The Sovereignty of God and the Audacity of Man.
Read Romans 9:6-26
“Who are you, O man, who answers back to God?”
Like Ephesians 1, theologians struggle to fully understand the sovereign work of God in relationship to free will as Paul discuss the operation of God’s sovereignty in human history. In discussing the outworking of God’s redemptive plan, Paul points out that the selection of Jacob over Isaac to the be the avenue of God’s redemptive promise was not based upon any intrinsic worth of Jacob over Isaac. It was grounded solely in God’s sovereign purpose. But this not just seen in the selection of Jacob, but also in working in history. While showing mercy to Israel, God hardened Pharaoh’s heart to remain unmoved by Moses’ appeal. The end result was that Israel was delivered while Pharaoh and his armies destroyed. Naturally this raises an objection by some that God is being unjust in showing favor to one over the other. If God is just, how can he show mercy on some and bring judgment upon others?
To answer the question Paul does not delve into a deep theological or philosophical discussion regarding God’s sovereignty and the interplay it has with our freedom of the will. Instead he goes to the real heart of the issue and addresses the real question, “Does God have the right to exercise his sovereignty as he pleases or is he accountable to us? Just as the case in Ephesians 1, so also here, in the midst of debate we can lose the forest for the trees. To understand and worship God for his sovereignty, we need to come to grips with the reality that God is God and we are not. Just as the clay does not have the right to tell the potter what to make, so we do not have the right to question God and tell him what he can and cannot do. God exercises his sovereignty according to his purpose, not according to our wishes or mandate. We want a God who is sovereign, but only in the areas we want. He can do as he pleases—as long as he acts in a way that is consistent with what we want or desire.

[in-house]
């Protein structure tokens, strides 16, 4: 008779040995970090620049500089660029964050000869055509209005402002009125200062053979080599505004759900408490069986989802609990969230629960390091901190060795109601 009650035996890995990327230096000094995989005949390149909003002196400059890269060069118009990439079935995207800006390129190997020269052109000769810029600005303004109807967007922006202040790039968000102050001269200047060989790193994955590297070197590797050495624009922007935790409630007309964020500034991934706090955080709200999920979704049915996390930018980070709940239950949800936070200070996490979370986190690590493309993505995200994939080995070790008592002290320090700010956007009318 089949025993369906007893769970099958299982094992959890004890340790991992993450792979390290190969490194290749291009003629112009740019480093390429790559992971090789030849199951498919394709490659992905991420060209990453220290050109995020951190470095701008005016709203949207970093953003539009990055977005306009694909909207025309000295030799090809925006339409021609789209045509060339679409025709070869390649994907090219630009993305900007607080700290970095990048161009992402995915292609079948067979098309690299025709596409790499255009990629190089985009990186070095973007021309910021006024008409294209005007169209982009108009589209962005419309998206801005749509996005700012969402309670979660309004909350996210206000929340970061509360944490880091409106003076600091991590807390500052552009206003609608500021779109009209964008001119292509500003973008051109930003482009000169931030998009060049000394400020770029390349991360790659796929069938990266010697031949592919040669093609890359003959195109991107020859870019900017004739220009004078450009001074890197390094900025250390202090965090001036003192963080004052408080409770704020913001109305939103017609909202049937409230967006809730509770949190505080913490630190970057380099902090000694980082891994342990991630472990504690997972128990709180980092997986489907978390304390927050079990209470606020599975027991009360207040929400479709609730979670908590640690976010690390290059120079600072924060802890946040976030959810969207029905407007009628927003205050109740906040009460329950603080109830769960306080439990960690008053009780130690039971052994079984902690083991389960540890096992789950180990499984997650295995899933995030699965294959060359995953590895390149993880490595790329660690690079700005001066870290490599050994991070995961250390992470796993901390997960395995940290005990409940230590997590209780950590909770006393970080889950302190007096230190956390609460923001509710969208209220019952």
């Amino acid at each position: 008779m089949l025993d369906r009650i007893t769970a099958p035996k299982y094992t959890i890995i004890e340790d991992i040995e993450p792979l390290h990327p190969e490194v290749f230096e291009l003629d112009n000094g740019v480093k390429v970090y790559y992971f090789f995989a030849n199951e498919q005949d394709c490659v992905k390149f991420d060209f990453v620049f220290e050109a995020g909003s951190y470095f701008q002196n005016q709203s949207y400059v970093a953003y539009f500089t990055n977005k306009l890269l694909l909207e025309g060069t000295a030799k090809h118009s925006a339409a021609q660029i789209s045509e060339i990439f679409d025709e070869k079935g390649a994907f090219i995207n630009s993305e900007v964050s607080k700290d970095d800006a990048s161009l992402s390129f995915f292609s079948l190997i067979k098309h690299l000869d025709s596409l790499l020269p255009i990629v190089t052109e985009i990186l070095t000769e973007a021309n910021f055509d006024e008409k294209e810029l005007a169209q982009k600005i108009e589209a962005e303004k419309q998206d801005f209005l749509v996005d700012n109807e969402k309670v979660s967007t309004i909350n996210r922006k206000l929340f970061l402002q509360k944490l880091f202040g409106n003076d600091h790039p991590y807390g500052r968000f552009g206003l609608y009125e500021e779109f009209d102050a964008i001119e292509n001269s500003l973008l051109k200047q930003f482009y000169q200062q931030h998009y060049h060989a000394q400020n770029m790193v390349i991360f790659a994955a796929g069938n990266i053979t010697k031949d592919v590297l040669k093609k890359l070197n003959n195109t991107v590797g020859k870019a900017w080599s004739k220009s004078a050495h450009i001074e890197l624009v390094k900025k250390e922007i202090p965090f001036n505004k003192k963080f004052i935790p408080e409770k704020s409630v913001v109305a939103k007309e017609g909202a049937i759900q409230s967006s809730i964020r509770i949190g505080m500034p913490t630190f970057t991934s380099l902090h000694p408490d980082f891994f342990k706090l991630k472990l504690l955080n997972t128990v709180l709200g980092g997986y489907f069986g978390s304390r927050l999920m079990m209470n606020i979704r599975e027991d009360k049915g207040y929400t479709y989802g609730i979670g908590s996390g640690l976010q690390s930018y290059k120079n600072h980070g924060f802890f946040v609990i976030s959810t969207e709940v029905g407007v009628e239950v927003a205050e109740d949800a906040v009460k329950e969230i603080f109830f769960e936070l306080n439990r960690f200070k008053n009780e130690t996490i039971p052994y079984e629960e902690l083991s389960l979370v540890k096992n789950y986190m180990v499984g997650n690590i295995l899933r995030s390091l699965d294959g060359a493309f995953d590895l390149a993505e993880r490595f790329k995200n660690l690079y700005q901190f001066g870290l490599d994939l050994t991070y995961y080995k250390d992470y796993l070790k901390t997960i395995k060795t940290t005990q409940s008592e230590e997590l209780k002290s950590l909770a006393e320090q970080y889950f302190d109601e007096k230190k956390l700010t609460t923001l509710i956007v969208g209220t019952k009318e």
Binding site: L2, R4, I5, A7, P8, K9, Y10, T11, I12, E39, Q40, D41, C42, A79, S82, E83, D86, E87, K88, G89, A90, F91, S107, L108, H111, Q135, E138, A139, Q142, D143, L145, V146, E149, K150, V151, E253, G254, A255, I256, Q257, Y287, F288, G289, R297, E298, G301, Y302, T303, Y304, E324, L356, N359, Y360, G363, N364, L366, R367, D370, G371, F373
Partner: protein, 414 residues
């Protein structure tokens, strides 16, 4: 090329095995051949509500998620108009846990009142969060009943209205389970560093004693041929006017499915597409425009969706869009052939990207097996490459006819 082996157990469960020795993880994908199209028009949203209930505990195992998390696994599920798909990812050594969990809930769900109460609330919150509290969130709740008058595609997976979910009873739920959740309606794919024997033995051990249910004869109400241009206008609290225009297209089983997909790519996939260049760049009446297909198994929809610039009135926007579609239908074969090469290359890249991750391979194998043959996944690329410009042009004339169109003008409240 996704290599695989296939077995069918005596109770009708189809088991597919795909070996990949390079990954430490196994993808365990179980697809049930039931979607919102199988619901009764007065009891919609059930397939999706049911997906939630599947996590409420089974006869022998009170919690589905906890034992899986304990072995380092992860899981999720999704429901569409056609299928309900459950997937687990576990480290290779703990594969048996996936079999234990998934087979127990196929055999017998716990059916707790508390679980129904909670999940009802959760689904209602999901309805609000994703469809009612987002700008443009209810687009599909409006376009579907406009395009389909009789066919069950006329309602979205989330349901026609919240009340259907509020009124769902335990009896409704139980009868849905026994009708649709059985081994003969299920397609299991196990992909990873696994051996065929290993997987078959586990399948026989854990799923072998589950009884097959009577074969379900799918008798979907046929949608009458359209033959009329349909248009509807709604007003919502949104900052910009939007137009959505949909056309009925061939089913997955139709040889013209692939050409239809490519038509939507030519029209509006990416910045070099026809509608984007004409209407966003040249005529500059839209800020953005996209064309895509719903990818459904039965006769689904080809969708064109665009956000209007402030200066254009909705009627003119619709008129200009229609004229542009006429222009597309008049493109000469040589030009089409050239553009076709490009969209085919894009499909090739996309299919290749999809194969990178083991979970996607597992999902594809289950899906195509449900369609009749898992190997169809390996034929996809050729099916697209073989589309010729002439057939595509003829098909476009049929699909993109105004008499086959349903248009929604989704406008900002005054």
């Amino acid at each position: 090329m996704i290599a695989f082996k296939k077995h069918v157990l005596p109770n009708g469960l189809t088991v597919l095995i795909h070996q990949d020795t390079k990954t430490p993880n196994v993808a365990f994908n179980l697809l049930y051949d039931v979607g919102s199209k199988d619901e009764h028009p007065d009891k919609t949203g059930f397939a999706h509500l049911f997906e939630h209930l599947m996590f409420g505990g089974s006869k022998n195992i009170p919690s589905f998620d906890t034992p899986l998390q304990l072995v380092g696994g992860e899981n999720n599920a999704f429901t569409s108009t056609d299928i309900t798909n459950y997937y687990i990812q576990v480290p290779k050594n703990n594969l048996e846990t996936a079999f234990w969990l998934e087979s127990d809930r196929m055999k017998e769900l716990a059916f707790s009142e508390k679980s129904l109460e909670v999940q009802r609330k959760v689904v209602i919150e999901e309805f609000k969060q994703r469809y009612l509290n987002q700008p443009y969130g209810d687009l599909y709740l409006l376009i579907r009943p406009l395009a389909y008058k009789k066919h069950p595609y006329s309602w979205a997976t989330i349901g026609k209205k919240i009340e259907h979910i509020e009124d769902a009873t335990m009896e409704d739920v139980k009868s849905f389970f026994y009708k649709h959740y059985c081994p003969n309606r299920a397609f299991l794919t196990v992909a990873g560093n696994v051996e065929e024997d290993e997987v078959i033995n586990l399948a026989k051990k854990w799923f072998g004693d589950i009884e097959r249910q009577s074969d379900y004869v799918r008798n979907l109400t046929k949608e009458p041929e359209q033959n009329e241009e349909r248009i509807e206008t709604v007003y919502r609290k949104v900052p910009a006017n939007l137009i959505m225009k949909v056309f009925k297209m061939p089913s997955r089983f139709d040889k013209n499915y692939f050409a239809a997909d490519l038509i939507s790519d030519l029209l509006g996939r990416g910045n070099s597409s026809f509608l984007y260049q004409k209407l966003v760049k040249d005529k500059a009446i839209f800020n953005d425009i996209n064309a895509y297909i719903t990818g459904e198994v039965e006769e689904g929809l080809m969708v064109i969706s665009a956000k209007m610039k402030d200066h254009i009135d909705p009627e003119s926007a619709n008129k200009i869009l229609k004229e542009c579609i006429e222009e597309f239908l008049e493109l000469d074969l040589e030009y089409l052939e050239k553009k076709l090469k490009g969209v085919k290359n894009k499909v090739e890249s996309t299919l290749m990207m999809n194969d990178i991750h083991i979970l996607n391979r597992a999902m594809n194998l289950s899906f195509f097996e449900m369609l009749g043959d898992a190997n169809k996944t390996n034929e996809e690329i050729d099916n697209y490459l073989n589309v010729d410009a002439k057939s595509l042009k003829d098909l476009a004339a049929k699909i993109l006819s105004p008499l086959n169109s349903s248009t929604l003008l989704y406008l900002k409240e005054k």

This is the audacity of humanity; we want the freedom to determine our own destiny and govern our own life. We make our plans, sent our goals, plot out the path of our life and then ask God to bless it. When he interrupts our life, when his Word conflicts with our desires and perspective, when he sovereignly changes the course we chose by interposing life-altering circumstances, we question God and find fault with him. But God is not an all-powerful God who exists merely to respond to respond to our bidding. He is a sovereign God, enthroned in heaven, who directs the universe and our life to achieve his purpose. His ultimate goal is not in doing what pleases us, but in revealing the riches of his glory by demonstrating his mercy (22).
It is one thing to affirm his sovereignty when he acts in ways consistent with our plans. It is quite another to affirm his sovereignty when he acts contrary to our plans. To learn to truly rest in the comfort of his sovereignty we must recognize his right to do as he pleases in our life. It is to surrender completely to his work. To affirm his position as the sovereign king is to humble ourselves before him, to place ourselves in complete submission to his will. If God is truly sovereign, governed by his love, empowered by his omnipotence, acting according to his infinite knowledge and wisdom, then the only proper response is to relinquish the pursuit of our will and submit to his. Anything less is to attempt to usurp his position as the universal king. Today, ask God to completely impose his will upon yours, to enable you to allow him to guide your footsteps without question and find complete joy in fulfilling his purpose.